Let's not go to the video

TJ takes exception to the Macalope and Daring Fireball’s (apologies to John if the Macalope is incorrectly characterizing his stance) belief that you can’t argue about video DRM with music DRM.

Overall, TJ’s absolutely correct in almost everything he writes, but what it comes down to is the old saying about trying to teach a pig to dance.

Here’s the nut graf from TJ’s post:

Just because Steve wouldn’t hold them in parallel, doesn’t mean the rest of us can’t.

That’s fine, but the point the Macalope was trying to make is that you can do that aaaallll daaaaaay loooong and you aren’t going to gain an inch with the MPAA. The Macalope and Daring Fireball certainly weren’t arguing that there should be a difference between the two, just that one is currently under successful siege and the other is not.

The Macalope’s advice? Wait for music DRM to fall. Then let’s talk again.

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  • James Bailey:

    >The Macalope’s advice? Wait for music DRM to fall. Then let’s talk again.

    You are just saying that because you aren’t a spoiled 10 year old.

    “I want DRM free music.”

    Here you go son.

    “But I want it as MP3 too.”

    “And I want DRM free movies or I won’t ever pay for DRM free music.”

    “And I don’t want 256 Kbps AAC, or yes I do but I want it to be the same price as 128 Kbps AAC or MP3 or I want DRM free 128 Kbps AAC except that music quality sucks but I still want it available even though I won’t buy it because it sucks.”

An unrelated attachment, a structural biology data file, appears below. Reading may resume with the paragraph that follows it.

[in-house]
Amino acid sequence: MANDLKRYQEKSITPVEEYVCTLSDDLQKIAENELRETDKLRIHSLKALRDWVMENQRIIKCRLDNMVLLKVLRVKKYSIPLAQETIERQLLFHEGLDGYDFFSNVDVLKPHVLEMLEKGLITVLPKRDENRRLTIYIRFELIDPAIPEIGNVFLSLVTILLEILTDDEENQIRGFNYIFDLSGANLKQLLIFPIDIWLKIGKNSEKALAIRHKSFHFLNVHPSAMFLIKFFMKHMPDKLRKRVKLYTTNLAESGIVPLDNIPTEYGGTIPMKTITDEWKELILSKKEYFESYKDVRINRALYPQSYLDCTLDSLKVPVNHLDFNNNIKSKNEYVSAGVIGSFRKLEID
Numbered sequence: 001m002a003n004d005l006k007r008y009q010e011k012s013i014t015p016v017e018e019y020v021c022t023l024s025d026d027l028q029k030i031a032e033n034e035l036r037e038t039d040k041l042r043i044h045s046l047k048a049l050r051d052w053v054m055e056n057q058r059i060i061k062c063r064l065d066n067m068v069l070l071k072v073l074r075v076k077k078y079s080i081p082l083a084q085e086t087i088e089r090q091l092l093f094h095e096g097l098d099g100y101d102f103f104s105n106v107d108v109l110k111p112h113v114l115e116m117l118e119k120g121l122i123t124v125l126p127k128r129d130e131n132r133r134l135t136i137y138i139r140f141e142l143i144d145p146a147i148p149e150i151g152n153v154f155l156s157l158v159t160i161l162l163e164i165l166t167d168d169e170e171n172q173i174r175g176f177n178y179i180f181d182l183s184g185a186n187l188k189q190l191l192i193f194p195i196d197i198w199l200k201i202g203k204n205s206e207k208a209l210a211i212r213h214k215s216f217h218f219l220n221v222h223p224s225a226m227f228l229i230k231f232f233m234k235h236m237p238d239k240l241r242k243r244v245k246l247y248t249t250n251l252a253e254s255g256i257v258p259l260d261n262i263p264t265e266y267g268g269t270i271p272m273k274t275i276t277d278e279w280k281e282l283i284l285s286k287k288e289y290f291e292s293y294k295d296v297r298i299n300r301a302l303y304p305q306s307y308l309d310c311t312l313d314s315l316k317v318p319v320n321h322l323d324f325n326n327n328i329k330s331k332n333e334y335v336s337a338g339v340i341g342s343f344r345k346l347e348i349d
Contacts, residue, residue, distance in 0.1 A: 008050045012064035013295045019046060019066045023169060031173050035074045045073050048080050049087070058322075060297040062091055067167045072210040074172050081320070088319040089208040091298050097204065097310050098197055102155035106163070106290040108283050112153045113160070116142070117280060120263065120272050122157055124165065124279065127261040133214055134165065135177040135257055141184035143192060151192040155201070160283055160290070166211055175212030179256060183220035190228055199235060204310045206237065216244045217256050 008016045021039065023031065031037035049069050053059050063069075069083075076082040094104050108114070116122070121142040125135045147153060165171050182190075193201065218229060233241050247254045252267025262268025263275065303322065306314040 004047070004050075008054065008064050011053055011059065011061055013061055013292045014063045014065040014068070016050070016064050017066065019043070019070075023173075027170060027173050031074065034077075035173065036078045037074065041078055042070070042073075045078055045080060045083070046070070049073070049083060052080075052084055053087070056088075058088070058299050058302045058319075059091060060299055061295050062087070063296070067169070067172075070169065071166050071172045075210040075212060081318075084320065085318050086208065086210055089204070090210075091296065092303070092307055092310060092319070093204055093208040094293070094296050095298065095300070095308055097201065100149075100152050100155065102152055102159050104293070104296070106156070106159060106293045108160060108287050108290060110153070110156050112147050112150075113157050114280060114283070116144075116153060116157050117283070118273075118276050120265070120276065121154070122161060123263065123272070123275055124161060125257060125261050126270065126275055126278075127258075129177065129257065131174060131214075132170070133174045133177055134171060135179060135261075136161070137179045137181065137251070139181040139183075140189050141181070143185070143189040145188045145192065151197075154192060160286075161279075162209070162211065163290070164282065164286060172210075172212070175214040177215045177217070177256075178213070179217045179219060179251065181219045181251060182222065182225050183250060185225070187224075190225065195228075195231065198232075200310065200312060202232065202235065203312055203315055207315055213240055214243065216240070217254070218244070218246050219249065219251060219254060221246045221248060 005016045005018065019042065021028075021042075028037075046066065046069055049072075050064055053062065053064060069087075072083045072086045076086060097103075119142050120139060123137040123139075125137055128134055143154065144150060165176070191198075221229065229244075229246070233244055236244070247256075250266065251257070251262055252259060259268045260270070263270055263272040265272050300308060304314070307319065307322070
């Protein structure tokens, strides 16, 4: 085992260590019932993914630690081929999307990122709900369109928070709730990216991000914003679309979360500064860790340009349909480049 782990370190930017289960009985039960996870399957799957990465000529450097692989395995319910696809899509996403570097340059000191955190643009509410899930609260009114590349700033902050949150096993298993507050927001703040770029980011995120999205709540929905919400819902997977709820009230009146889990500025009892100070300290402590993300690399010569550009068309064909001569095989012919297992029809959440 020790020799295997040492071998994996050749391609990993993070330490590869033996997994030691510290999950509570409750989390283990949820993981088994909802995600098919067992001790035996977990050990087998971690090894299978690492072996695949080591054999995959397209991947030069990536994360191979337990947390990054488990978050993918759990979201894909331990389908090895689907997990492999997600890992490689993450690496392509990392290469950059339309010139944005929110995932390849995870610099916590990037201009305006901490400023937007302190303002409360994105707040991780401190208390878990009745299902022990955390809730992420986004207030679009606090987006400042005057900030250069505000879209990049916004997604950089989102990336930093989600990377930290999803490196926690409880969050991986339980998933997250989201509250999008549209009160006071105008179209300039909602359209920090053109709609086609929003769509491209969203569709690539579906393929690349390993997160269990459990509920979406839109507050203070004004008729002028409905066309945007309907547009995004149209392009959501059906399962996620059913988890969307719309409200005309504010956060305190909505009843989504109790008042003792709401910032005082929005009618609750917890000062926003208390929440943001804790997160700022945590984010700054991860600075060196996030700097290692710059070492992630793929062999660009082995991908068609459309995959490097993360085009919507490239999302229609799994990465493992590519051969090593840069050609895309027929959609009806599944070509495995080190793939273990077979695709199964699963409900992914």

“I want Apple to give me everything I want RIGHT NOW!!!”

    “Steve Jobs is such a liar…”

    That pretty much sums up the anti-Apple DRM removal “analysis” on the blogs I’ve read.

  • James Bailey:

    Oh I forgot,

    “And I want a PONY”.

  • baxtrice:

    If we lived in an idealistic society, I would be shouting “NO DRM” from the rooftops-but it’s not an idealistic society. So shut up and realize that this is a step in the right direction. Eventually the technology and industries will evolve to find a better solution. Until then, stop b*tching about something this trivial. One more thing, Nothing in Life is free.

  • Gary Patterson:

    So many of these self-styled pundits fail to understand that making changes in stages is realistic, while making every change at once is unrealistic.

    It’s a softly, softly approach. First DRM is removed from music. When the customers can be shown to prefer non-DRM music, there’s a strong argument for all music to be non-DRM. When that happens, there’s a strong argument for video to be non-DRM.

    Trying to convince everyone in two seperate industries at the same time is a bit of a silly approach. Seems like some pundits have no good understanding of business.

  • Don:

    “When the customers can be shown to prefer non-DRM music…”

    And when the recording companies can be shown to gain sales and/or profits.

    Gotta remember that part, too.

    If customers prefer it but EMI shows a loss, then guess who wins? Certainly not the customers. EMI is still a business, and it still has to be run like a business. Of course, the best businesses are about making customers happy, AND making a profit, AND being willing to take risks. So I’m not saying “It’s sure to fail”, nor am I saying “It’s sure to succeed”, I’m just saying “It has to be profitable”.

    “Seems like some pundits have no good understanding of business.”

    Snorked Jolt out my nose laughing at the obviousness of that.

  • I think the key thing to remember is that ponies take a lot of work to care for properly. Ponies are not toys. A pony is for life, not just for Christmas.

  • Well, it seems to me that we can talk about whatever we want to in whatever way we want to as long as we don’t spook the ponies.


    You got it.

  • “The Macalope and Daring Fireball certainly weren’t arguing that there should be a difference between the two, just that one is currently under successful seige [sic] and the other is not.”